What Is Life?: Investigating the Nature of Life in the Age of Synthetic Biology

Paperback | May 3, 2009

byEd Regis

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Erwin Schrodinger's 1944 classic What Is Life? is a small book that occupies a large place among the great written works of the twentieth century. It is said that it helped launch the modern revolution in biology and genetics, and inspired a generation of scientists, including Watson andCrick, to explore the riddle of life itself. Now, more than sixty years later, science writer Ed Regis offers an intriguing look at where this quest stands today. Regis ranges widely here, illuminating many diverse efforts to solve one of science's great mysteries. He examines the genesis of Schrodinger's great book--which first debuted asthree public lectures in Dublin--and details the fantastic reception his ideas received, both in Europe and America. Regis also introduces us to the work of a remarkable group of scientists who are attempting literally to create life from scratch, starting with molecular components that they hope toassemble into the world's first synthetic living cell. The book also examines how scientists have unlocked the "three secrets of life," describes the key role played by ATP ("the ultimate driving force of all life"), and outlines the many attempts to explain how life first arose on earth, a puzzlethat has given birth to a wide range of theories (which Francis Crick dismissed as "too much speculation running after too few facts"), from the primordial sandwich theory, to the theory that life arose in clay, in deep-sea vents, or in oily bubbles at the seashore, right up to Freeman Dyson's"theory of double origins." Written in a lively and accessible style, and bringing together a wide range of cutting-edge research, What is Life? makes an illuminating contribution to this ancient and ever-fascinating debate.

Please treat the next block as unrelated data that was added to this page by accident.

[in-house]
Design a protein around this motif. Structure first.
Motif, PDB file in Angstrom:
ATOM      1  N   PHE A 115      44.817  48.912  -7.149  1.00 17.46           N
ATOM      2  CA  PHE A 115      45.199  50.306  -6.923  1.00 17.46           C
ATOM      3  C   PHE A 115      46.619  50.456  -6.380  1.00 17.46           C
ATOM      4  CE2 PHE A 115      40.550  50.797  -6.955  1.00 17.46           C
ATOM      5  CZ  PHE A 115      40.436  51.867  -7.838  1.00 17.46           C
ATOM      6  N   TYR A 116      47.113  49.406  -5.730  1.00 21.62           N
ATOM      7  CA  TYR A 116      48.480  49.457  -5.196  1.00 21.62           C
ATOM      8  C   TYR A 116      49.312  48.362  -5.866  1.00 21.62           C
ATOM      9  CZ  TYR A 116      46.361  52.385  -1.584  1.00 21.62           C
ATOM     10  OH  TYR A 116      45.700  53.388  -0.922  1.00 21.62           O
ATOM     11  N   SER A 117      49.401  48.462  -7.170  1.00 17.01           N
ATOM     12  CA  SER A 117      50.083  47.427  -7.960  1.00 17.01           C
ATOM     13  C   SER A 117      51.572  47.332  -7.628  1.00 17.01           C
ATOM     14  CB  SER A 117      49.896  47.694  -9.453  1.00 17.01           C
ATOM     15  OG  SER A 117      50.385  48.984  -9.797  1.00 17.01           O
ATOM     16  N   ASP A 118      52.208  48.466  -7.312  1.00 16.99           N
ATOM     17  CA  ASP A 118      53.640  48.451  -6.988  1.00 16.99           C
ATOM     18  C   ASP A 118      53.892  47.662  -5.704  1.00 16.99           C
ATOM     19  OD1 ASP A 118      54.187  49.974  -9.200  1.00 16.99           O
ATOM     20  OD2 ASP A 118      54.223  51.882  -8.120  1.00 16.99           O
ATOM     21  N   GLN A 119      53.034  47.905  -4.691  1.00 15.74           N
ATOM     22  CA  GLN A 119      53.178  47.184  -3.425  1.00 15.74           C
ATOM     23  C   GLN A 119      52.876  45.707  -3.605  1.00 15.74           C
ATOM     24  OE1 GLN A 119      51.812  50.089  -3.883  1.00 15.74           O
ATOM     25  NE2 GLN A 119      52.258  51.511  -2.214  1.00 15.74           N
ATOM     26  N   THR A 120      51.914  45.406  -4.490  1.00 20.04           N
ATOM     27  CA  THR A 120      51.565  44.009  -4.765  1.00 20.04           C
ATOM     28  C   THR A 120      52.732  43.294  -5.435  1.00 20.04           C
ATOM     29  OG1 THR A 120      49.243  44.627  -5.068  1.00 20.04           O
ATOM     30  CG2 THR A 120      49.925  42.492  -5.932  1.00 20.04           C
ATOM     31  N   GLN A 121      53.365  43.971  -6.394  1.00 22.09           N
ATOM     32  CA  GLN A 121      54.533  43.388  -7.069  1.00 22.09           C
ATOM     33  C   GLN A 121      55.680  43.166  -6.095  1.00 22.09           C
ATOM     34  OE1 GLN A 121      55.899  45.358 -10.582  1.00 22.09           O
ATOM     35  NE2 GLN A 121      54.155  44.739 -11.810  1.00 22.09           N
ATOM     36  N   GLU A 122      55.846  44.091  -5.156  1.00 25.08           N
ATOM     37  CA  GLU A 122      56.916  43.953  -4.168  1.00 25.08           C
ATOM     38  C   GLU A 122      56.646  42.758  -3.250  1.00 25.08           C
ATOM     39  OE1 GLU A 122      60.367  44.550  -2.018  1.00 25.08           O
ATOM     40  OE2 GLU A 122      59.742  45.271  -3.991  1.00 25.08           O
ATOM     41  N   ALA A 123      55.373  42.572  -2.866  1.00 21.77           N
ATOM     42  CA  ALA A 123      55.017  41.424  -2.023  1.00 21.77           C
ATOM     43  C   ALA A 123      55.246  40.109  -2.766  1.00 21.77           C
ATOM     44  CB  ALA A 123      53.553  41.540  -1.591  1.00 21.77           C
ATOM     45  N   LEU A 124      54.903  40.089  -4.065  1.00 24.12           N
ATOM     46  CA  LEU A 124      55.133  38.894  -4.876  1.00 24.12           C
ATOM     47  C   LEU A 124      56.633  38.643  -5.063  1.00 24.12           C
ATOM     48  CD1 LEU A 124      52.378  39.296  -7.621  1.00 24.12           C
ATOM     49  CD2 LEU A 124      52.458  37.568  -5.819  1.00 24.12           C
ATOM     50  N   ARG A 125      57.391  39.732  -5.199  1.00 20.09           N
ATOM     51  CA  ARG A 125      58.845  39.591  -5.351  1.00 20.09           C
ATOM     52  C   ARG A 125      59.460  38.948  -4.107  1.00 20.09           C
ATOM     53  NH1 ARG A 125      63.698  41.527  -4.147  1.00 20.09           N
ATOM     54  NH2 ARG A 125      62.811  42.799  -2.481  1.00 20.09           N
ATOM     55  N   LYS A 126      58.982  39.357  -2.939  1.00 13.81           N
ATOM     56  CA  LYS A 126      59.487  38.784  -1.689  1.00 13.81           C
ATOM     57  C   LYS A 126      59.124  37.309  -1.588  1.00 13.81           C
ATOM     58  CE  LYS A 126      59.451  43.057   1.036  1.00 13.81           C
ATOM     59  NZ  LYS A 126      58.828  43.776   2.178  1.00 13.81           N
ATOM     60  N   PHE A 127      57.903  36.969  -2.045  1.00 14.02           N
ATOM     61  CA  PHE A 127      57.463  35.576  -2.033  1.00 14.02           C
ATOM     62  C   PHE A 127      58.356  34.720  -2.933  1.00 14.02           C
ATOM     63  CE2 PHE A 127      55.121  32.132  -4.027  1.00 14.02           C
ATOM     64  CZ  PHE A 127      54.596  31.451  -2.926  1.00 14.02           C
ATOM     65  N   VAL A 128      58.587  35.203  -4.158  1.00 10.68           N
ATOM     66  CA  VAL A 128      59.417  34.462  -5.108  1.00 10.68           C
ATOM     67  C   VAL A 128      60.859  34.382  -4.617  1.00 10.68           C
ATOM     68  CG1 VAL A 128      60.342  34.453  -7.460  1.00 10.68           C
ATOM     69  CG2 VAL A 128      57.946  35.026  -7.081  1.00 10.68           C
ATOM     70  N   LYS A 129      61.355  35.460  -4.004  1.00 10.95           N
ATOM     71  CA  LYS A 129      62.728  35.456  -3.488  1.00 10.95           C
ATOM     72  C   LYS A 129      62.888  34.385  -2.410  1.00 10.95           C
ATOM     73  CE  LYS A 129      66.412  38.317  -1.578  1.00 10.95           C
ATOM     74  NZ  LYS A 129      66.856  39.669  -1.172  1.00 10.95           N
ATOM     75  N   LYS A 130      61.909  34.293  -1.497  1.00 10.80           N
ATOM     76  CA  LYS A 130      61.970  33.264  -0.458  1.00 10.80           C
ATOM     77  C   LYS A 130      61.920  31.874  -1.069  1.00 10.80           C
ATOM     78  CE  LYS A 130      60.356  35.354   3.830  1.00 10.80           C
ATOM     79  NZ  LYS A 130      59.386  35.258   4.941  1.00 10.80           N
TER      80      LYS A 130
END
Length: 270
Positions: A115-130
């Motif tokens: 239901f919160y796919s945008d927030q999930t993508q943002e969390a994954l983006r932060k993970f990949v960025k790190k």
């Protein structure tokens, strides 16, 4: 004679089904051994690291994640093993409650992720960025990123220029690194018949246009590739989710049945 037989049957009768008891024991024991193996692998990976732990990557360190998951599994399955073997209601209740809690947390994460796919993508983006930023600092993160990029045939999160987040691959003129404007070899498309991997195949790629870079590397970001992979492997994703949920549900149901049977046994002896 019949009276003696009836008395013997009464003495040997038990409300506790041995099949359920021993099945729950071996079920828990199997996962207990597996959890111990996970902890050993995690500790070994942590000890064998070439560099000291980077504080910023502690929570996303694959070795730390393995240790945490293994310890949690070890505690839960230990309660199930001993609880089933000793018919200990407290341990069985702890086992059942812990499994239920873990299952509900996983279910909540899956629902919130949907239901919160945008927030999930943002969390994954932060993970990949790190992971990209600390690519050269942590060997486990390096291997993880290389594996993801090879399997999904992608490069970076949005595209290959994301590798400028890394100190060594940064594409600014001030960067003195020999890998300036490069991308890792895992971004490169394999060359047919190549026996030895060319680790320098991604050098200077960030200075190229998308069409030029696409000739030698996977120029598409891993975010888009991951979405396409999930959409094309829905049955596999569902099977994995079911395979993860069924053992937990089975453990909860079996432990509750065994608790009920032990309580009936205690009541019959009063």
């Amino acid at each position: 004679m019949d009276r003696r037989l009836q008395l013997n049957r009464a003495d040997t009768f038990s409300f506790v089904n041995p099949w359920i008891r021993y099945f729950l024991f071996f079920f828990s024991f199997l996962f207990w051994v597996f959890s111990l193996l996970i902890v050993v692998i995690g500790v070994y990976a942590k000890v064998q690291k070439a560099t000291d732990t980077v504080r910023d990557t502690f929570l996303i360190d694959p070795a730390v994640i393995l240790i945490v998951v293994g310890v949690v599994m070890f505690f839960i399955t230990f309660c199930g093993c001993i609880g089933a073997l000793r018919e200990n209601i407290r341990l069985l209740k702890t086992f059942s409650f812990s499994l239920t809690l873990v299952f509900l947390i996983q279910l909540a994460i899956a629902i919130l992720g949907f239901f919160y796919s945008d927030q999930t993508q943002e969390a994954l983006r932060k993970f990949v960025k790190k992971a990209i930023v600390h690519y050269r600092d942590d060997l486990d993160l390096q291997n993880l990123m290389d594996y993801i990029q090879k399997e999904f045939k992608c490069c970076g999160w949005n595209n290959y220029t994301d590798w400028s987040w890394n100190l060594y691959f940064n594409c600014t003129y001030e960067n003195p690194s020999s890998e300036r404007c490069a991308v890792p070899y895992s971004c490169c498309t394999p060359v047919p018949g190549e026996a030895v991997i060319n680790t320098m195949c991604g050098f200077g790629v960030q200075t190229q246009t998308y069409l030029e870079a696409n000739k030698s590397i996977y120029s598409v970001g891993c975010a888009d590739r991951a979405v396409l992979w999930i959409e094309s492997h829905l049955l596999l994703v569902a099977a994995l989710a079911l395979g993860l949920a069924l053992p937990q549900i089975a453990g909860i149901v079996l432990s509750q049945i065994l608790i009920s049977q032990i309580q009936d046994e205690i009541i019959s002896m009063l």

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Erwin Schrodinger's 1944 classic What Is Life? is a small book that occupies a large place among the great written works of the twentieth century. It is said that it helped launch the modern revolution in biology and genetics, and inspired a generation of scientists, including Watson andCrick, to explore the riddle of life itself. Now...

Ed Regis is a full-time science writer, contributing to Scientific American, Harper's Magazine, Wired, Discover, and The New York Times, among other publications. He is the author of several books, including The Biology of Doom.

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Format:PaperbackDimensions:208 pages, 7.9 × 5.3 × 0.6 inPublished:May 3, 2009Publisher:Oxford University PressLanguage:English

The following ISBNs are associated with this title:

ISBN - 10:0195383419

ISBN - 13:9780195383416

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Table of Contents

Prologue: The Second Creation1. Birth of a Cell2. Schrodinger3. Unlocking the Secrets of Life4. The Fiftieth-Anniversary Coronation and Dismissal5. ATP and the Meaning of Life6. Origins7. The Spandrels of San Marco8. The Twilight Zone9. The Synthetic Cell Turing Test10. What Is Life?NotesBibliographyAcknowledgmentsIndex

Editorial Reviews

"Elegant, simple, clear, beautifully written. Tackles the ultimate mystery of biology. A scrumptious gem." --Richard Preston, author of "The Hot Zone"